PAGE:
Vegetable oils prices soar on demand for no trans, biodiesel

by Ron Sterk
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KANSAS CITY — Vegetable oil prices have been strong for months, boosted by the shift toward no trans fat oils and increased demand for biodiesel. But prices of some products have soared in the past couple of weeks as crude oil prices hit record highs.

Despite the shift away from soybean oil to edible oils with no or low trans fat the past two years, soybean oil futures at the Chicago Board of Trade climbed to 23-year highs in the past two weeks. The surge was attributed to increased demand for soybean oil to make biodiesel fuel as crude oil futures prices hit record highs, topping out at $90.50 a barrel at the New York Mercantile Exchange on Oct. 25. December soybean oil futures prices posted a recent high of 40.99c a lb on Oct. 18, up 47% from a year ago. July 2008 and other forward soybean oil futures contracts traded above 42c a lb last week.

Paul Meyers, vice-president of commodity analysis for Connell Purchasing Services, Berkeley Heights, N.J., expected nearby soybean oil futures to continue to trade in the 39@41c a lb range for the next five to six months.

"I don’t see a lot of downside from 39c," Mr. Meyers said. He noted strong demand for biodiesel and exports were supportive. Shrinking world stocks and solid demand will keep prices strong, he said.

Although a distant second to corn-based ethanol in volume produced and used in the U.S., soybean-based biodiesel appears to be suddenly catching on, although much of the production is being exported to Europe. The U.S. Department of Agriculture has indicated about 25% of U.S. biodiesel is exported, but some in the trade put the volume as high as 40%.

The U.S.D.A. has increased its projected use of soybean oil to make biodiesel in 2007-08 by 700 million lbs in the past two months, to 4,200 million lbs, and up from 2,900 million in 2006-07. The average price of soybean oil was projected to range from 34.50@38.50c a lb in 2007-08, up from 31.02c in 2006-07 and 23.41c in 2005-06.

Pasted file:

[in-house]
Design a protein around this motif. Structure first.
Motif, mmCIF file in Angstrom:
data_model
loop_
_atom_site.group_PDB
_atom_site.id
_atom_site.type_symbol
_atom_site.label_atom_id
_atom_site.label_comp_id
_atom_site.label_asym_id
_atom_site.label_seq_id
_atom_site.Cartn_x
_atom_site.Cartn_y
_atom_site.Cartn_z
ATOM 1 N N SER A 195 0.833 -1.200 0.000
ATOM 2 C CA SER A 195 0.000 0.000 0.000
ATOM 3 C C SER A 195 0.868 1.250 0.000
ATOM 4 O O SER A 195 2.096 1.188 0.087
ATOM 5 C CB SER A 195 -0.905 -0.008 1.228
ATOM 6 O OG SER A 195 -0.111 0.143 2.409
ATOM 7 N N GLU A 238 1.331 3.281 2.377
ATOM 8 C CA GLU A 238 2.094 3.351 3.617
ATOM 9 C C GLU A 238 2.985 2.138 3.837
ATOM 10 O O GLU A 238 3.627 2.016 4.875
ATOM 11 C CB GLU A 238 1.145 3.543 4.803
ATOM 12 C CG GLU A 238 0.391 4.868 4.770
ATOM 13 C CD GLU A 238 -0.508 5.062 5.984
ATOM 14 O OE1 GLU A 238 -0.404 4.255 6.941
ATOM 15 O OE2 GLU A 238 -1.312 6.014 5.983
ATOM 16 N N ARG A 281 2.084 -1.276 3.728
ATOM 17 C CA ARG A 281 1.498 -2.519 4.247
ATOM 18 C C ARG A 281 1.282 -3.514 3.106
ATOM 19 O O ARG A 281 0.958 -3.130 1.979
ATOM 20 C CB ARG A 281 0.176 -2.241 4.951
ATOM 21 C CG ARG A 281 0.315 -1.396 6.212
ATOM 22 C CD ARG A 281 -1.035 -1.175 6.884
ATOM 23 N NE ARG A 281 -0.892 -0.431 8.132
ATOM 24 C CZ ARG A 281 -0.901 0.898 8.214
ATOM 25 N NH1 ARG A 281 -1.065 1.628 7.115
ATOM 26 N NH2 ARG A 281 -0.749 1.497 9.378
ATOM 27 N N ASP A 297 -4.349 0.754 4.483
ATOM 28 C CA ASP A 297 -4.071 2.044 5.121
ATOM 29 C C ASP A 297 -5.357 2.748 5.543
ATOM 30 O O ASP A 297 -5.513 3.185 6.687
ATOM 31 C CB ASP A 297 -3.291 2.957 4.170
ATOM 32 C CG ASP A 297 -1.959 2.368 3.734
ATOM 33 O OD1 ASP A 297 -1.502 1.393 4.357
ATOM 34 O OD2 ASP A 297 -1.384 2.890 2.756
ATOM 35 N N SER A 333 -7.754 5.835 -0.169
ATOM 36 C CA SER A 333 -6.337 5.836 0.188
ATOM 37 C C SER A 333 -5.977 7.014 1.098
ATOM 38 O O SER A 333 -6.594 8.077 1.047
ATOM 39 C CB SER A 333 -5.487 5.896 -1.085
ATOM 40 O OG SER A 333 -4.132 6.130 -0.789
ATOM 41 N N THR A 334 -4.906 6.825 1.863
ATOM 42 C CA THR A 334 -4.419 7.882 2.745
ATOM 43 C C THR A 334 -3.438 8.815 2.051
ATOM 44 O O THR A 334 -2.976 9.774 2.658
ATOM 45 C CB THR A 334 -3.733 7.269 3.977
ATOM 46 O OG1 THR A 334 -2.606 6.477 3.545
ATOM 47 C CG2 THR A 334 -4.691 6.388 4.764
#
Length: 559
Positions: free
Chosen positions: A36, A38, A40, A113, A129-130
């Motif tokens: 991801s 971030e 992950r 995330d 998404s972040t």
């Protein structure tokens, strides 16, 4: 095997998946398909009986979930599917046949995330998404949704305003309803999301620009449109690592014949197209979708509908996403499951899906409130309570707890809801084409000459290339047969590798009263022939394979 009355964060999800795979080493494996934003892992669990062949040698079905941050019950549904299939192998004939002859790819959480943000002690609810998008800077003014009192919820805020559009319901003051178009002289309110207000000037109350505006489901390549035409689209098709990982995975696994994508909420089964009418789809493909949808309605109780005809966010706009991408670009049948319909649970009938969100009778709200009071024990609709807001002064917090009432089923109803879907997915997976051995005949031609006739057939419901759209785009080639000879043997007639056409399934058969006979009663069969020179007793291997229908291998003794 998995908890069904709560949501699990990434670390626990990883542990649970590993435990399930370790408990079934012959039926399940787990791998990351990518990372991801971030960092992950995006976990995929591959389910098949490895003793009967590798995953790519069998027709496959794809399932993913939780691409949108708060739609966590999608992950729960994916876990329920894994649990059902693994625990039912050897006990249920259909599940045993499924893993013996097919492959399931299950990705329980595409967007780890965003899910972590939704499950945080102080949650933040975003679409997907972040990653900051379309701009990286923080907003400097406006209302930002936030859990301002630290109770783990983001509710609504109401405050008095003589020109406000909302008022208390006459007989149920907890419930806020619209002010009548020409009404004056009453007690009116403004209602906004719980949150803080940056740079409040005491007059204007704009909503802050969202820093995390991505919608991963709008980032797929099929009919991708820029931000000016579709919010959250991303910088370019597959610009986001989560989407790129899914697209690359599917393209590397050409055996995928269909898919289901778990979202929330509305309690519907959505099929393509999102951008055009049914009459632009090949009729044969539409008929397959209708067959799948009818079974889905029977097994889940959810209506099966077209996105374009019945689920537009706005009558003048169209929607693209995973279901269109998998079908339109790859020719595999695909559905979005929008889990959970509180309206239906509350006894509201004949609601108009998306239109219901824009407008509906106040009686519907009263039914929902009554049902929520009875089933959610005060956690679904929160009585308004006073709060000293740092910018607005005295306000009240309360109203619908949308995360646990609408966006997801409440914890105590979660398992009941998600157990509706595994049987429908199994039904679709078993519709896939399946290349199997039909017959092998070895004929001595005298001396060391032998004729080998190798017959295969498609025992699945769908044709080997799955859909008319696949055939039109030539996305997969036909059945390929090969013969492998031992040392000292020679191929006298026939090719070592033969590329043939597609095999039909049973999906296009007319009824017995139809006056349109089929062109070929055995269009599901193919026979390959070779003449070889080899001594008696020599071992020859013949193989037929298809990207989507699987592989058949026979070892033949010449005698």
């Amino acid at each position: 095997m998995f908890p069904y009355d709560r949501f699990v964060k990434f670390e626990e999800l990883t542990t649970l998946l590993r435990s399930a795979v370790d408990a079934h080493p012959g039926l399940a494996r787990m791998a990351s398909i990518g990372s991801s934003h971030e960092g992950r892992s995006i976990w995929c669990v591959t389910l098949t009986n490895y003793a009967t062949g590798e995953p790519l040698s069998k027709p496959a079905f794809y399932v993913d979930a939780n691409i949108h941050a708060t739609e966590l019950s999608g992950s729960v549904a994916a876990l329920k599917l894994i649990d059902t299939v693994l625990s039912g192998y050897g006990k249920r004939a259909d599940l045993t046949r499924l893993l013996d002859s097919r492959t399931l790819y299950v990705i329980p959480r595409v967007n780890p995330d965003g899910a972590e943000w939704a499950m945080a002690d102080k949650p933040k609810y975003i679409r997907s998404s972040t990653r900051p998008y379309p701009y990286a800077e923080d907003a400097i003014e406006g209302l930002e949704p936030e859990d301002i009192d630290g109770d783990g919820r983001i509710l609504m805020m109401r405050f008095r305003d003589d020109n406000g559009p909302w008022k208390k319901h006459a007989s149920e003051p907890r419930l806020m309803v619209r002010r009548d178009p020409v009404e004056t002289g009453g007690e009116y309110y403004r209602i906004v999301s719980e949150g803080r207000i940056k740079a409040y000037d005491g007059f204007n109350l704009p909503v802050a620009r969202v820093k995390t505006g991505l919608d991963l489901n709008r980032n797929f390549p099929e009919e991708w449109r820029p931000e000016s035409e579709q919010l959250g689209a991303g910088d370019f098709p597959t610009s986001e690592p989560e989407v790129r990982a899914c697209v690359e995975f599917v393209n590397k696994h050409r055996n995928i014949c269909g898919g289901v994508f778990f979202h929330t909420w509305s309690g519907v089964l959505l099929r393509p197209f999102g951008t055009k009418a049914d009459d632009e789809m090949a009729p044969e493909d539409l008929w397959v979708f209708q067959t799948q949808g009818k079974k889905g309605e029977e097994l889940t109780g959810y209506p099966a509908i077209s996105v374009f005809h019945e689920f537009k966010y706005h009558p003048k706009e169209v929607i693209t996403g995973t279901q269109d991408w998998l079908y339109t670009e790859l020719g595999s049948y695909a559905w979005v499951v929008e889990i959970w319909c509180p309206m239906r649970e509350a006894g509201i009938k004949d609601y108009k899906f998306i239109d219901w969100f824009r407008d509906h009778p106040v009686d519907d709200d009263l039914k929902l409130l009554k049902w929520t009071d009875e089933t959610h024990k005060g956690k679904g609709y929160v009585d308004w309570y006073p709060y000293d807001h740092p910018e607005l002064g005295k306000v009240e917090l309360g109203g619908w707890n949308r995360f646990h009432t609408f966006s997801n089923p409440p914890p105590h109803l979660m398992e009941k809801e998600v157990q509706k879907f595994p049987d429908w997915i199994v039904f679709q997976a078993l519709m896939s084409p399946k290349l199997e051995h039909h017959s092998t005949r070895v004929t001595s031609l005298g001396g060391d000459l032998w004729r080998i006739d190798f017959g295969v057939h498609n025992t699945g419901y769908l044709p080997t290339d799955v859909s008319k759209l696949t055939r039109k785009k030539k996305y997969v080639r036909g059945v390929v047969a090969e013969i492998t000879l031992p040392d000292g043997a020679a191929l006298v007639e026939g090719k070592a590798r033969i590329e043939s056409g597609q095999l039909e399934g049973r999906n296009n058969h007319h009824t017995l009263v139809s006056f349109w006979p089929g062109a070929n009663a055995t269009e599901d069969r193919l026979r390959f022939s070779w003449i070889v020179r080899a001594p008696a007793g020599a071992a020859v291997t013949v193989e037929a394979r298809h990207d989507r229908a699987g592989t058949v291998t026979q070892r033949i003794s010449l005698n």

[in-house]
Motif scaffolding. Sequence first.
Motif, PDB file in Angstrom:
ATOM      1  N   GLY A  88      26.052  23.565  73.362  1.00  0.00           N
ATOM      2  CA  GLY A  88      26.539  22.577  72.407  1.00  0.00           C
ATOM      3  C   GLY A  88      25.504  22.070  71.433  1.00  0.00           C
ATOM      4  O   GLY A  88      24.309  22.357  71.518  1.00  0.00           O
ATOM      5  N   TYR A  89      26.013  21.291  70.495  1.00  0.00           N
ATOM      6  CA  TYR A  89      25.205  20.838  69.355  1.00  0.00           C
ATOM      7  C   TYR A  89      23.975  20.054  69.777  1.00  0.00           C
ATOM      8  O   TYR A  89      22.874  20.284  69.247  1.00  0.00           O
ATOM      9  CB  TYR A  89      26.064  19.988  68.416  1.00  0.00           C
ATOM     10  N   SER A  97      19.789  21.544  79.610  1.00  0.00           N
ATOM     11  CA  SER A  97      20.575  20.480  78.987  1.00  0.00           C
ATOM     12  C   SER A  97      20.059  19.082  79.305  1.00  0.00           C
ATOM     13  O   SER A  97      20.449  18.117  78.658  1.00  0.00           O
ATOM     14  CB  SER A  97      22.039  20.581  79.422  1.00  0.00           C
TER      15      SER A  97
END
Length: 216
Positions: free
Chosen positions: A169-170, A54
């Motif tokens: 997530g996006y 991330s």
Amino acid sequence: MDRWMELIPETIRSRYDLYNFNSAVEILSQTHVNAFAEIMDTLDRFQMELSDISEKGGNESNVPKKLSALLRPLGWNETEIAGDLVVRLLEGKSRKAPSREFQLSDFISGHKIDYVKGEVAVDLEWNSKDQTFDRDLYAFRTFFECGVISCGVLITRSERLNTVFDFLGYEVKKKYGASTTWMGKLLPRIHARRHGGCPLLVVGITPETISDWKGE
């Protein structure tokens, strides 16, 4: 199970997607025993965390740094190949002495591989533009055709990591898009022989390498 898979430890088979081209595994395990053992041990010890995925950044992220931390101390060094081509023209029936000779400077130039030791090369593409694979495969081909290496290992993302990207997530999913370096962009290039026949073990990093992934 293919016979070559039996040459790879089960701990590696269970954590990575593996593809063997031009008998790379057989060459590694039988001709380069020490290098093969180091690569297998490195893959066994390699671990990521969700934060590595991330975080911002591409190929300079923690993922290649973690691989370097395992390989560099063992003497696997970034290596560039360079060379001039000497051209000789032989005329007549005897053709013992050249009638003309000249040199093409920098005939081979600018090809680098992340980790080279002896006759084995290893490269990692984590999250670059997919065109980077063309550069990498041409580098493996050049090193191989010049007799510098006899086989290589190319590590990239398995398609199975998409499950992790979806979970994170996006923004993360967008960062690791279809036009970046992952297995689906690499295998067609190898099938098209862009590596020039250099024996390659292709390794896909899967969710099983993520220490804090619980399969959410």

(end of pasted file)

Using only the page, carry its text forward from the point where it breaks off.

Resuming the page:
Cash soybean oil was quoted at 38.50c a lb, basis Decatur, Ill., on Oct. 19, up 47% from a year ago.

Price changes in most other popular oils were even more dramatic, with values significantly above year-ago levels. As of Oct. 19, cottonseed oil was at 52.75c a lb, up 88% from a year ago. Palm oil was 45.75c a lb, up 87%. Coconut oil was at 47.25c a lb, up 60%. Corn oil was quoted at 60.50c a lb, more than double the year-ago price of 25.50c.

Peanut oil on Oct. 19 was at a nominal 74c a lb, up 37% from last year; sunflowerseed oil at 75c, up 40%, and canola oil at 51c, up 44%.

Palm oil futures traded in Malaysia hit all-time highs the past two weeks, despite strong seasonal production. Use of palm oil to make biodiesel in Asia and strong exports have kept supplies tight, trade sources indicated.

Unlike soybean oil and palm oil, which are characterized by very large stocks, most other oils are in tight supply, with some supplies at risk to run out during the crop year, possibly forcing users back to soybean oil, Mr. Meyers said.

No trans fat oils, such as corn oil, sunflowerseed oil, canola oil, cottonseed oil and palm oil, have seen a second "wave" of demand, Mr. Meyers said. The first demand surge came when new trans fat labeling requirements went into effect for food manufacturers on Jan. 1, 2006, he said. Sunflowerseed oil supplies have been especially tight since Frito Lay switched to no trans fat oils exclusively last year, for example.

But a second demand wave came in the past several months as the food service industry began switching to no trans fat oils, Mr. Meyers said. Numerous fast-food and other restaurant chains have announced the switch in recent months.

"Supplies of no trans fat oils are tighter than they ever have been," Mr. Meyers said. There is especially "no relief" in sight for corn oil, sunflowerseed oil and canola oil, he added.

The September fats and oils component of the Consumer Price Index for All Urban Consumers reported by the Bureau of Labor Statistics was up 4.6% from six months earlier, on a seasonally adjusted basis. That compared with increases of 5% for the overall food category and 20.8% for dairy during the same period and indicated food manufacturers have been slow to pass on increases in vegetable oil prices, trade sources said.

Mr. Meyers expected soybean oil supplies to remain tight, despite an expected sharp increase in 2008 soybean plantings in the U.S., because oilseeds globally will be fighting with wheat for acres next year. He expected U.S. soybean planted area in 2008 to increase 5 million to 6 million acres, compared with a decrease of about 12 million acres in 2007 from 2006. But other oilseeds, such as canola and sunflowerseed grown in the northern Plains, will have to compete for acres with spring wheat and durum, which have been at record high prices.

Meanwhile, biodiesel production continued to expand. According to the National Biodiesel Board, 84 plants currently are under construction or expanding and could add an estimated 1.37 billion gallons, or nearly 75%, of capacity in the next 18 months.

Soybean oil exports remained strong. U.S. soybean oil export sales commitments through Oct. 18 were 15% ahead of the same period last year.

The combination of high crude oil prices, strong soybean oil demand and high prices for grains that compete for acreage with soybeans will make it a "struggle to get the market down," Mr. Meyers said.

This article can also be found in the digital edition of Food Business News, October 30, 2007, starting on Page 1. Click here to search that archive.

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